The cause of the pain is fluid buildup in the lungs and the fact that your chest pounds against the healing wounds of your ribcage which is located just above your heart (see Wounds below). I tried to suppress my coughing but that was futile. It could have made things worse. As my doctors told me, “cough it out”. Be sure to use the “heart pillow” every time you cough.

WALKING: From early on you are encouraged to walk. You will find walking to be difficult, especially in the beginning. Your walking range after surgery will be short. A walk around the hospital ward will be considered “good”. Walking helps build your strength and gives your newly repaired heart a workout. While in the hospital you are hooked up to a heart monitor that is tracked on computers in the telemetry area. That is kind of cool I think. I used to always like to walk around the telemetry area to check my vitals like pulse and respiration that was displayed on a large flatscreen monitor.

Walking in those first days after surgery will be slow, short and maybe labored. My heart rate was between 100 to 120 beats per minute (bpm) while I walked. While idle I think my heart rate was at around 92 bpm. It gets better as time goes on.

Daily walking will be a recommended activity after your discharge.

EATING: You probably won’t have much of an appetite shortly after surgery. But that improves in time. One thing about eating is that if you were a junk food junkie like me (which more than likely brought about my heart condition) you definitely will have to change your daily menu. Divorce yourself from sugary carbonated drinks, beef, pork, sweets, candies, hamburgers, etc. Think more fruits, vegetables, water and fish. I will write more about meals later.

MEDICATIONS: You will be given a lot of medications shortly after surgery. Nurses are good at being timely in administering your medications. Some will be given through tubes while others will be given in pill form. Before you are discharged from the hospital a long list of medications will be prescribed to you for home use during your recovery and beyond. Be sure to dutifully take your medications. They are vital to sustaining your heart and life.

TUBES AND STUFF: More than likely there will be several tubes stuck into your body. All of these were inserted while you were in surgery. Thankfully you were spared the pain of the insertion since you were under anesthetic at that time. However, the tubes will have to be removed during hospitalization. Some like the catheter and the one going into your chest will be briefly painful when they are removed. The chest tube looks kind of gross upon removal… yellow/brown slime coats it. Yeah, you needed to know that.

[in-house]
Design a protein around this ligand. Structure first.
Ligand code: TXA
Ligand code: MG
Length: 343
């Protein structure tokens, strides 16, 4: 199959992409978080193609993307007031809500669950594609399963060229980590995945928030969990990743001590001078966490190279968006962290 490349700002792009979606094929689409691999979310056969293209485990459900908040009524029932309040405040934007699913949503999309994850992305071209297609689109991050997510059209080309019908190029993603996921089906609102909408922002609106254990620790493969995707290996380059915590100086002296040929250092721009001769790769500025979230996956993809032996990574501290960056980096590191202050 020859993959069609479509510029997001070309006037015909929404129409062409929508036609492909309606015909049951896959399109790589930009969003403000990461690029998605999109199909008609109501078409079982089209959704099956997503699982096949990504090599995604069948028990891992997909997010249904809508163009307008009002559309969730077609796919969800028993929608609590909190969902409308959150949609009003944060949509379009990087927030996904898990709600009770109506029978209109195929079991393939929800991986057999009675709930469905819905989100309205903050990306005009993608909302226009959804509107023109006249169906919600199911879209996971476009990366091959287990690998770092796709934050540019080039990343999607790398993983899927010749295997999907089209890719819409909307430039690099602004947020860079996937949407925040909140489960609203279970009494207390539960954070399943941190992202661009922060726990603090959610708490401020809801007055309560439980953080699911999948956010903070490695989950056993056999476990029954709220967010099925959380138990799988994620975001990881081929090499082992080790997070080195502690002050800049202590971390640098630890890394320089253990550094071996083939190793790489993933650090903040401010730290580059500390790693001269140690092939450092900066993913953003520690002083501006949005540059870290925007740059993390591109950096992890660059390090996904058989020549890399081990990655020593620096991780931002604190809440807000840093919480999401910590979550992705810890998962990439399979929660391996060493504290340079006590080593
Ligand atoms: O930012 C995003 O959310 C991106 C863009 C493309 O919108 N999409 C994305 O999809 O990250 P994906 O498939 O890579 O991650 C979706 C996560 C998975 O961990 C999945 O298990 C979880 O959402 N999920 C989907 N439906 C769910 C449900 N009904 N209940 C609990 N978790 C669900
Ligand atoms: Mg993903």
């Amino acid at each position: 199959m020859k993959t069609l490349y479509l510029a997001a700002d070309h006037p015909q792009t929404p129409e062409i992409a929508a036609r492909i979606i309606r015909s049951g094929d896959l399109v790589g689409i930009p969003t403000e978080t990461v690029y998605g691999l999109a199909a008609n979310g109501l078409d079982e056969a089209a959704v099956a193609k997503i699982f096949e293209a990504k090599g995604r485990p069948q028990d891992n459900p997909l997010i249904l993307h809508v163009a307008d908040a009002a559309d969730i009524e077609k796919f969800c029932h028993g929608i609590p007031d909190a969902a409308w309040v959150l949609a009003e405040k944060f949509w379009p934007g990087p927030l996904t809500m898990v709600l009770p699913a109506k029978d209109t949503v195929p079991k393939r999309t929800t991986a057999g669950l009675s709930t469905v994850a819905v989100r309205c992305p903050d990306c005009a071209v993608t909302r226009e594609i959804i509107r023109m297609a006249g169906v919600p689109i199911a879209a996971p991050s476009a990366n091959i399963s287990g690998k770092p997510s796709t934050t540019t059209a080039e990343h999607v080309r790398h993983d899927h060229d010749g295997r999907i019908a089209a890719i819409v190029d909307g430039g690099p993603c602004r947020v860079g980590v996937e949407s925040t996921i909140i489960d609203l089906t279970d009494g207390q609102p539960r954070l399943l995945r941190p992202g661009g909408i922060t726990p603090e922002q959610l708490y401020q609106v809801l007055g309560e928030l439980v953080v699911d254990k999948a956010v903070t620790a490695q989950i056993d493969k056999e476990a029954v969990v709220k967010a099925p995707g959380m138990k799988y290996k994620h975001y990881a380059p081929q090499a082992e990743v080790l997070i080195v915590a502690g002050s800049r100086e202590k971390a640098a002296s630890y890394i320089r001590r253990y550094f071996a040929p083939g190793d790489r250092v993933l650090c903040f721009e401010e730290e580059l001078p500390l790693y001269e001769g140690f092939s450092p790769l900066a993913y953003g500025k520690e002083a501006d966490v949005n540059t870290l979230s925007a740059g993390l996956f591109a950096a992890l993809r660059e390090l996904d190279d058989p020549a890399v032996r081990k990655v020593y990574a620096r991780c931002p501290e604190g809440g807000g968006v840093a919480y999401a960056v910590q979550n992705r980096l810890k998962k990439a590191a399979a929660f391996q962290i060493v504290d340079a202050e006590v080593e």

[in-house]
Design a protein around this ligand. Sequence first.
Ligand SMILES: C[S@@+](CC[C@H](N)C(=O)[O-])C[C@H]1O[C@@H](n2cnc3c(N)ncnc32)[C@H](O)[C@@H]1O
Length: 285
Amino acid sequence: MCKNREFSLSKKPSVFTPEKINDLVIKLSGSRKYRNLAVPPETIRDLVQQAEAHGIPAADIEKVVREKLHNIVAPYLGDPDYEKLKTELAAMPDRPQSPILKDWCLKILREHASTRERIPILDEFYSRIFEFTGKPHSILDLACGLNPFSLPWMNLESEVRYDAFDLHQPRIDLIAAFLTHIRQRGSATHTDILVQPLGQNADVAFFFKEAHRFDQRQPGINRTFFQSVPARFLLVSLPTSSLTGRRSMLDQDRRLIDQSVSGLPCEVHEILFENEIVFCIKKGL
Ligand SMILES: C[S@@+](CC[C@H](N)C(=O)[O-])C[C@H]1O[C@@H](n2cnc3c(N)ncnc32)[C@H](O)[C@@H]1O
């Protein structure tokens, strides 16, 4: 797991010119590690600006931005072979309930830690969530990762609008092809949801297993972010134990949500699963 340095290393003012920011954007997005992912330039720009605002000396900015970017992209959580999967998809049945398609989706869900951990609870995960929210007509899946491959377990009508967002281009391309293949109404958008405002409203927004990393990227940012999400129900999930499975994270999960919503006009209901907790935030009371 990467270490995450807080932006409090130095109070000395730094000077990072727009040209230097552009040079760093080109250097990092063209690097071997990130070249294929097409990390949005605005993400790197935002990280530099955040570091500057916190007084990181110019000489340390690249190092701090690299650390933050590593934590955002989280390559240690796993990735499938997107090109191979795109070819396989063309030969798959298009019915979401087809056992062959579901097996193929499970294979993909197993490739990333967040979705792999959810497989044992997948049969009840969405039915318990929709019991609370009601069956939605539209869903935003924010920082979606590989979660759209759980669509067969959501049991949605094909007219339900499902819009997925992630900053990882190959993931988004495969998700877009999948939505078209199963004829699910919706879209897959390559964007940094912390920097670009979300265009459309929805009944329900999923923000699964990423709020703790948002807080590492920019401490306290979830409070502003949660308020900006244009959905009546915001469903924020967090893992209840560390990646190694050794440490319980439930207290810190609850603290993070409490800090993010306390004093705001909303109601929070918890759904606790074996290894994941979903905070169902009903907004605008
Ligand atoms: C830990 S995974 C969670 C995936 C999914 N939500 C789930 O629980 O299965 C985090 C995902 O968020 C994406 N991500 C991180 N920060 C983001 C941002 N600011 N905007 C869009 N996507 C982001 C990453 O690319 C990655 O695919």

There will be at least 1 or 2 intravenous tubes inserted into your arms for blood testing and medication purposes. These will be removed shortly before discharge. From the times you are poked with needles, you will find that your arms will become bruised.

Since you may also be on blood thinning medications, the chances of being bruised increases even after your discharge.

WOUNDS: Everyone who goes through heart bypass surgery will have two major wounds on their body. The first and most obvious wound is the large cut that go from the top of your chest to the bottom just above your tummy. Surgeons cut this area of your chest to gain access to your heart. They also had to break the bones on your rib cage to get to your heart. After the bypass veins are placed around your heart the bones have to be mended with a wire mesh that will stay inside of you for the rest of your life. Then the wound is stitched. It looks pretty gross when you first see it after the big bandage is removed a few days after surgery. Think Frankenstein’s monster… heh.  The chest wound will heal but will be a permanent scar on your body. The resulting scar is called “The Zipper” by many bypass survivors.

The Zipper.

“The Zipper” and tube wound just below that. Photos by Jerry Stanfield.

The other major wound will be on your leg at the lower end of your thigh just above the knee (at least it was in my case). Basically it is a big hole where the surgeons extracted your own veins for insertion around your heart (hence the word “bypass”). There will be a small tube coming out of that for drainage after surgery which will be removed before discharge.